China: Shuangyashan City Intensifies Religious Persecution in 2019
Bitter Winter has accessed The Summary Report by the Shuangyashan Bureau of Ethnic and Religious Affairs on Religious Work in 2018, detailing last year’s suppression activities, implemented in the city that is located in the northeast province of Heilongjiang. The report also foresees harsher religious control proposals for 2019.
According to the document, out of 135 religious activity venues in the city – 125 Protestant, two Catholic, and eight Buddhist – 128 were suppressed last year. House churches, Tibetan Buddhists, and foreign-affiliated religious activities were the primary targets of the crackdown.
To ensure that the minors do not participate in religious activities, “Sunday schools and all kinds of gatherings, training programs, and summer camps held by foreign-affiliated religious groups” in the city were investigated and “conversion measures” for students who participate in English training classes at churches were developed and implemented.
One preacher told Bitter Winter that
because he refused to raise the national flag at the church, the local Bureau of Ethnic and Religious Affairs put pressure on him by demanding him to organize believers to sing “red songs,” such as “The East is Red” and “Without the Communist Party, There Would Be No New China.”
Threatening to close down the church if the order is not implemented, officials conducted random inspections at irregular intervals to make sure that believers know the songs well enough to sing in unison. Soon after, the Bureau sent a student from a government-run seminary to preach sermons on the topic “how to obey those in power.”
According to the report, in May 2018, a comprehensive investigation into the religious situation in Shuangyashan was conducted, focusing on the format and pattern of religious activities, as well as the number of believers who attend privately-established Christian meeting venues. The investigation also included tasks to visit the neighbors of religious activity venues and local communities, such as village committees, to learn about them “from the side.” A database of religious venues was established with an order to updated information constantly.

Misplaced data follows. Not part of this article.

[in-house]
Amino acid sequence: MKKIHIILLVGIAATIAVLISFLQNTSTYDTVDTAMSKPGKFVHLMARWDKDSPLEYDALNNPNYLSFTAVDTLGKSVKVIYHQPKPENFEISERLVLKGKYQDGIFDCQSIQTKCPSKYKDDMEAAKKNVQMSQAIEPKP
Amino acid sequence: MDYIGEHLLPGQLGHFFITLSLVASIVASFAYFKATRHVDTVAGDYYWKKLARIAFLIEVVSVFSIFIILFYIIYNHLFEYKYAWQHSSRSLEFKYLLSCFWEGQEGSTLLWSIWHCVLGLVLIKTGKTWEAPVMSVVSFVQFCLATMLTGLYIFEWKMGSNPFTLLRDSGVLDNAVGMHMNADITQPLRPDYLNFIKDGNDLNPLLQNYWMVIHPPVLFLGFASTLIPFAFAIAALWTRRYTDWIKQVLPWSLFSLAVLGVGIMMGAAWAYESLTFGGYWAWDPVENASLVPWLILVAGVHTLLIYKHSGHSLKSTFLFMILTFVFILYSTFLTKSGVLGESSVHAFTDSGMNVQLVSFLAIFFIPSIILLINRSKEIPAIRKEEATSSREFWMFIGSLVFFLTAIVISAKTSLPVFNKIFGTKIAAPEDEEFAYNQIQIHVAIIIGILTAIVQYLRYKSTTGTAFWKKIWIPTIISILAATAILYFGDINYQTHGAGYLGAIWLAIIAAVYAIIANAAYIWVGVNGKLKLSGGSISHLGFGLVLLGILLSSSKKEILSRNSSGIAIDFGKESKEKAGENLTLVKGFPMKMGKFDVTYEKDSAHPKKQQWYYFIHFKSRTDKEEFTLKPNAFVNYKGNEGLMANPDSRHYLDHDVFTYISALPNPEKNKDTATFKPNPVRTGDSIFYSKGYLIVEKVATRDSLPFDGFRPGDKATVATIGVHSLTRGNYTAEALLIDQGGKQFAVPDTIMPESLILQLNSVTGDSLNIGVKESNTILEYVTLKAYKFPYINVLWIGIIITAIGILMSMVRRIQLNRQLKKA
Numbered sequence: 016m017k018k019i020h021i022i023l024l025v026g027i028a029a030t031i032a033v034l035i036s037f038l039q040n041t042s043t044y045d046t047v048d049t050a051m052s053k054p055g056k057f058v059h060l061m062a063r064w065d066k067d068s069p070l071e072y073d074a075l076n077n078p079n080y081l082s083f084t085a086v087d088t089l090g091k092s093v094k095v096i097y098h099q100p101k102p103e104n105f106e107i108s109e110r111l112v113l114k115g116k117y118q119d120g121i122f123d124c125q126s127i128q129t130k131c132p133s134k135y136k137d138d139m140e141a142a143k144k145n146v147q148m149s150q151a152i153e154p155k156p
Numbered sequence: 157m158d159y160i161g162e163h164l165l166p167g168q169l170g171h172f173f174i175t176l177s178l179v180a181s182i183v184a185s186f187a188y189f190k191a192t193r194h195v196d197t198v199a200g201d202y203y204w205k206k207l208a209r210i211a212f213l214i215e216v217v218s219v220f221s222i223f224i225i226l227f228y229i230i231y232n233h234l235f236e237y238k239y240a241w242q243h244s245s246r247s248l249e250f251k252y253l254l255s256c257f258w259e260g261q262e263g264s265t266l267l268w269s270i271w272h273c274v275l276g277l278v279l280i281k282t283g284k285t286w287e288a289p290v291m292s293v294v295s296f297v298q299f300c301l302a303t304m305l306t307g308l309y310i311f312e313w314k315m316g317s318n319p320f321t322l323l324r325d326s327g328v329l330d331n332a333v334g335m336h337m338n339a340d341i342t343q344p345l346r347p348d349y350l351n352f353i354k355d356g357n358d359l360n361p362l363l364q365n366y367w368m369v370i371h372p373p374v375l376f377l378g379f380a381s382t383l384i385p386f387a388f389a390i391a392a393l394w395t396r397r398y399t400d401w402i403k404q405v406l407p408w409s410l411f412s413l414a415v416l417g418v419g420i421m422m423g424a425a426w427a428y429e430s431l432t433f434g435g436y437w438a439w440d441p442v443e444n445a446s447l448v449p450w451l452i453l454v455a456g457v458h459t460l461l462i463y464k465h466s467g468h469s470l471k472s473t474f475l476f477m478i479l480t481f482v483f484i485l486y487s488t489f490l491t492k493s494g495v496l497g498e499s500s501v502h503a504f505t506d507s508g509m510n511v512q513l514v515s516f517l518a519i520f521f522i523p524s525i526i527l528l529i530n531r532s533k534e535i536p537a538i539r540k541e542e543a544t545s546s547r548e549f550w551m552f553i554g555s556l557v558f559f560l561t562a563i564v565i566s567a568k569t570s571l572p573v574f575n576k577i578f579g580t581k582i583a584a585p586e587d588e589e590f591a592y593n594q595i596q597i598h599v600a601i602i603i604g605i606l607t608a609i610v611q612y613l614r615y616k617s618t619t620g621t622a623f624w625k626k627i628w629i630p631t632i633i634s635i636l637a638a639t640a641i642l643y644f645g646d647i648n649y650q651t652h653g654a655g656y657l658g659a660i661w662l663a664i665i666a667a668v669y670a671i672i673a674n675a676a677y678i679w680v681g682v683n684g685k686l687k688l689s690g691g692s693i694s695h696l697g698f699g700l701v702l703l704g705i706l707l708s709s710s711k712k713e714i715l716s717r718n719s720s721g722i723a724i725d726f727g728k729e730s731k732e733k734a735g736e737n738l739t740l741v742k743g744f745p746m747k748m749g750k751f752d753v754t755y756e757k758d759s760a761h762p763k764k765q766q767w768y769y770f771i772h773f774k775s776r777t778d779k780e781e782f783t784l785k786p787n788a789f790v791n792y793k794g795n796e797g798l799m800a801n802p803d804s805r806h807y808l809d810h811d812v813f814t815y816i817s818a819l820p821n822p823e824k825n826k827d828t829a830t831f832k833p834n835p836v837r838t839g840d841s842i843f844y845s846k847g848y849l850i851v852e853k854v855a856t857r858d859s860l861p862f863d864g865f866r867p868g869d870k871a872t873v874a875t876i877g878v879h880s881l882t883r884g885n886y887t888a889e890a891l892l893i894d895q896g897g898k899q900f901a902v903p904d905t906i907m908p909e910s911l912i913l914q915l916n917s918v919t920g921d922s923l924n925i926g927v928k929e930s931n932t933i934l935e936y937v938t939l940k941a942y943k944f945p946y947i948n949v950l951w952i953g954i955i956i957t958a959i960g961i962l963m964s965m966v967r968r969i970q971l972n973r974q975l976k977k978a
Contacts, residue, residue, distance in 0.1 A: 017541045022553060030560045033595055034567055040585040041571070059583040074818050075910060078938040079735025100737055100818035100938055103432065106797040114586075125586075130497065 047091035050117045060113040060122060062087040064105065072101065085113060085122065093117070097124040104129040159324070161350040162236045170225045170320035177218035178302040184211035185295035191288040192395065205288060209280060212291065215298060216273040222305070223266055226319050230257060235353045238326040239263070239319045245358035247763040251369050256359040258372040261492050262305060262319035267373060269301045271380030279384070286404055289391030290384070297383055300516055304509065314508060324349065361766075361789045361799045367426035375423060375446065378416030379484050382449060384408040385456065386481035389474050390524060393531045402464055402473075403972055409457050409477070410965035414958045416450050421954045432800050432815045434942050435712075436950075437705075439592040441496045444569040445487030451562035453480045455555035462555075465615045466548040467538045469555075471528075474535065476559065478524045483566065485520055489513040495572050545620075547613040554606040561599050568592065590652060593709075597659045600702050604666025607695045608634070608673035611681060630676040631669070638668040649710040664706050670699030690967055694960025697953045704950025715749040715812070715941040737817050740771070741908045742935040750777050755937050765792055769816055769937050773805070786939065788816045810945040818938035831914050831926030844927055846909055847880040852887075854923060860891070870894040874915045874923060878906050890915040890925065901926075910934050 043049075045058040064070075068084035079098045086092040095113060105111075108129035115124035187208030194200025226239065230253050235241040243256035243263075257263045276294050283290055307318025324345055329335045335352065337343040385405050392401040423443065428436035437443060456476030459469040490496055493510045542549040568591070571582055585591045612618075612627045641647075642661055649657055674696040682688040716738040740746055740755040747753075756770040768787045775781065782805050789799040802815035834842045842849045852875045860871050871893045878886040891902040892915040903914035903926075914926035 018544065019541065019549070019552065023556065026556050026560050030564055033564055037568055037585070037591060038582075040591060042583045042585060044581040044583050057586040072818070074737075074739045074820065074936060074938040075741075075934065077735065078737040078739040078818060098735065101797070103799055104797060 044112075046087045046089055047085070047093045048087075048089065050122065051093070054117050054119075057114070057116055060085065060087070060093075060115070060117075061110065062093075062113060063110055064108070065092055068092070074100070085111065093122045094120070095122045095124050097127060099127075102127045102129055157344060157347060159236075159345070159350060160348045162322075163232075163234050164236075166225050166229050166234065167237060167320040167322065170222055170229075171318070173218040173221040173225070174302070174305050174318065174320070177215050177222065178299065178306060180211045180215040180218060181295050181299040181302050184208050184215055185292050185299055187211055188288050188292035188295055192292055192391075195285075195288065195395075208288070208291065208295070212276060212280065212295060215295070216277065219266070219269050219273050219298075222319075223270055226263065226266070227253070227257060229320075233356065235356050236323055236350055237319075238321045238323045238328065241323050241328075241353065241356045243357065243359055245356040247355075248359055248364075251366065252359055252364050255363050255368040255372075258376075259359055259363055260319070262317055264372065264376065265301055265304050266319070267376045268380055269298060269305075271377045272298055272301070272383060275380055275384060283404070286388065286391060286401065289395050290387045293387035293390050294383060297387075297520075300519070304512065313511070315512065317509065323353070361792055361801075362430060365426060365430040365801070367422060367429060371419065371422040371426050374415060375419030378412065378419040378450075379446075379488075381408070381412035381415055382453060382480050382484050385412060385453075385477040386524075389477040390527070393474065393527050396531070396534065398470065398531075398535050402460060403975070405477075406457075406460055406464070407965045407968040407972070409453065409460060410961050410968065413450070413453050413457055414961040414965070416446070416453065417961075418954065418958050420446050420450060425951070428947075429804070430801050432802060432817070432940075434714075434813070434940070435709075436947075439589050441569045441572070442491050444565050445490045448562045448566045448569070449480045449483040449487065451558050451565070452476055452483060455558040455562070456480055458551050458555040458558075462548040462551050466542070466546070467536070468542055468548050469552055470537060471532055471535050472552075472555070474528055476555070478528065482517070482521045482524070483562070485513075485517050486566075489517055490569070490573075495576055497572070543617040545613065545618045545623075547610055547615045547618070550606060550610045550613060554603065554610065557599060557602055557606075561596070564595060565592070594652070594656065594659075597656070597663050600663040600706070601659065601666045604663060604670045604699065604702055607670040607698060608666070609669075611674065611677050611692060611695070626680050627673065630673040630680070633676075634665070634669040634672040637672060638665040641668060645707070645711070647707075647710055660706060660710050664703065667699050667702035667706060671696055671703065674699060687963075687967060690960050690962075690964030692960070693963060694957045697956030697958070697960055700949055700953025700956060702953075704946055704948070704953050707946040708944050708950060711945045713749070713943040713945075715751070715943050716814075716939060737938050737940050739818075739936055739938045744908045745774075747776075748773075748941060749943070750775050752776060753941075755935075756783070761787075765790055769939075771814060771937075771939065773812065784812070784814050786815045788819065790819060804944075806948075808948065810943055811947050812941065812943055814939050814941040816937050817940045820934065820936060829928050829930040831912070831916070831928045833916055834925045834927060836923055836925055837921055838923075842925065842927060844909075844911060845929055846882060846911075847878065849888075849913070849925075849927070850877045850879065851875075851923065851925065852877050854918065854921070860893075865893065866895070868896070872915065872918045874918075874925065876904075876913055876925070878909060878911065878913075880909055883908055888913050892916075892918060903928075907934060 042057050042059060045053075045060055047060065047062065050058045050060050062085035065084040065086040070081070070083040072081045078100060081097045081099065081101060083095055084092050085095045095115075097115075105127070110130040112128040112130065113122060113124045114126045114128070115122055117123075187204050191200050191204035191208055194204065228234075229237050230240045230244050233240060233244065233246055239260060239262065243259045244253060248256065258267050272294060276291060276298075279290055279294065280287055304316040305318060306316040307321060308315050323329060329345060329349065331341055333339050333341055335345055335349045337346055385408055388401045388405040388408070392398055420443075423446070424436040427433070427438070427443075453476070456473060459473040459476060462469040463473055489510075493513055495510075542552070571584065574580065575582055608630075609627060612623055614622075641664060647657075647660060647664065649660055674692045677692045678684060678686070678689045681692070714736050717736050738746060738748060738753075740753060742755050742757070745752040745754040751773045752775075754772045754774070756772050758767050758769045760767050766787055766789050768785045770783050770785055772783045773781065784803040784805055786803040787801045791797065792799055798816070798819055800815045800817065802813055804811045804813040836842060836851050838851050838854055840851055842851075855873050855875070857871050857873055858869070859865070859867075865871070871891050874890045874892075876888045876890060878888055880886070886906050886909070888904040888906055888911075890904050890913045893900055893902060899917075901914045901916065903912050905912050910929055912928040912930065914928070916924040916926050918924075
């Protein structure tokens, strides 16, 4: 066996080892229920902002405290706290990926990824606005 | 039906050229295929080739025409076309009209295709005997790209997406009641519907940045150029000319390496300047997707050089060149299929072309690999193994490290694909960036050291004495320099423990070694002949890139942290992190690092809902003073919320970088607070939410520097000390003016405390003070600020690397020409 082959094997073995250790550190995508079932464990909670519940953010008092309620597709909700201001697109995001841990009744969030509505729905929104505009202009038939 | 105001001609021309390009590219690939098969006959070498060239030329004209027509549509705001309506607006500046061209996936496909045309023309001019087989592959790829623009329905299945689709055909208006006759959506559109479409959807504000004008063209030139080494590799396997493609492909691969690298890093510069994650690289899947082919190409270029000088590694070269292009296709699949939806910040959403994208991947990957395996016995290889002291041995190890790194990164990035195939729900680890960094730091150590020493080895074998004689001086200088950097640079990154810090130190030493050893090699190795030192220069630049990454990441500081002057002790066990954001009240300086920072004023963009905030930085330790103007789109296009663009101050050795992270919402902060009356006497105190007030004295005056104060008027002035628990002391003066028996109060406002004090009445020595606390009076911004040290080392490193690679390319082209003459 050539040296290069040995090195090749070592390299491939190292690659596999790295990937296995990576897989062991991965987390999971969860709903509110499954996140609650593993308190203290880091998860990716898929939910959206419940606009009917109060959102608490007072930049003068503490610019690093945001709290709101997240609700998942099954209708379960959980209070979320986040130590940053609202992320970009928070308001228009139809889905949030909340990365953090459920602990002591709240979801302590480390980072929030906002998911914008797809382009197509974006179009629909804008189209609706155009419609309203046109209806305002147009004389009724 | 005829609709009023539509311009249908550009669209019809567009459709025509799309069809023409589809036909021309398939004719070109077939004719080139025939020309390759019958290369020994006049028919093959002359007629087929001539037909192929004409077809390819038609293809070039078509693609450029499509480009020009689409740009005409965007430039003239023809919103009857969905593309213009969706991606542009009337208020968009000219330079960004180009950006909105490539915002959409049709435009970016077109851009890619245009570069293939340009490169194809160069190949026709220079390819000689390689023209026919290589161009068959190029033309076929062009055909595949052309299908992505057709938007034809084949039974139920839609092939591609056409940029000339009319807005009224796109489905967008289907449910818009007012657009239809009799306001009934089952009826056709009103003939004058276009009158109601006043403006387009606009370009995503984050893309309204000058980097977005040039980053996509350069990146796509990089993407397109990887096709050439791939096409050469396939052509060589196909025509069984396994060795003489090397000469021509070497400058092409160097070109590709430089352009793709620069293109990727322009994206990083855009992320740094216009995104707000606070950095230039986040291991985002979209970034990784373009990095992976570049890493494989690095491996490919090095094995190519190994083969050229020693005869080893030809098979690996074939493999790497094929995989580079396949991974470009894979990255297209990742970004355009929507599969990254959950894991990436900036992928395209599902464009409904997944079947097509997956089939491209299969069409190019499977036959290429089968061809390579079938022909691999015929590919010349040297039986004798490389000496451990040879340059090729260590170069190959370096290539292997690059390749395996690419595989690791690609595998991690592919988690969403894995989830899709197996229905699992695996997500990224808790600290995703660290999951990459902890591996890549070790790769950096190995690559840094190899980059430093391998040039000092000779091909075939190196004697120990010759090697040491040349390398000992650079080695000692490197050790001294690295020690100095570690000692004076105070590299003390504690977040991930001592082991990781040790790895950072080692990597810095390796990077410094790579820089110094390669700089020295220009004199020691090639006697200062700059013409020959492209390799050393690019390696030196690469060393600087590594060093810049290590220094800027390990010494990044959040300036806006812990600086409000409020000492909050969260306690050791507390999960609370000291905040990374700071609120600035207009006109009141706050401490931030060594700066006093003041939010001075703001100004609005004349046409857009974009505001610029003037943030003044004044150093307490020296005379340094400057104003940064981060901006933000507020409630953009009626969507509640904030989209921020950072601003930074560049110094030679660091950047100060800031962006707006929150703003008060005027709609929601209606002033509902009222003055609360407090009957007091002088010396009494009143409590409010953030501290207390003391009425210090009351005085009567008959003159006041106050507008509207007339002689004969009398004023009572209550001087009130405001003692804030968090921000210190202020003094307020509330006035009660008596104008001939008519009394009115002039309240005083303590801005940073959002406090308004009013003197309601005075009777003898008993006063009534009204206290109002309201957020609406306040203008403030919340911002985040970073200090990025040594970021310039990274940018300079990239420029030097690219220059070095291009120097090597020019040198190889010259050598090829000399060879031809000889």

As for the underground Catholic meeting venues, the authorities have called for an in-depth investigation into those in charge of the venues, the times of activities, number of believers, ownership of buildings that the places of worship are located in, and whether any “foreign infiltration” exists.
The collection of similar data was required for all Buddhist religious venues, including Tibetan Buddhists. Information about outdoor Buddhist statues and people associated with them in the area was also demanded to be collected.
The authorities also ordered an in-depth investigation into “illegal” religious information online and monitoring of all online religious activities.
The religious work report also specifies activities in 2019: City officials “must determine new trends and developments in religious work,” promptly eliminate newly-discovered “illegal activity venues” (mainly house churches), strictly control the approval of religious venues, and “ensure that no new open-air religious statues appear anywhere in the city.”
The plan foresees to put under surveillance all key members of congregations after their places of worship have been closed down and server all possible channels of infiltration by overseas religions.
The document demands to use government-approved churches and “patriotic religious groups,” like the Chinese Patriotic Catholic Association, to broaden communication channels with underground Catholic churches to “extend the tentacles of guidance on religious affairs” and intensify efforts “to instruct and unite with the underground churches,” with the aim to gradually put them under the national control.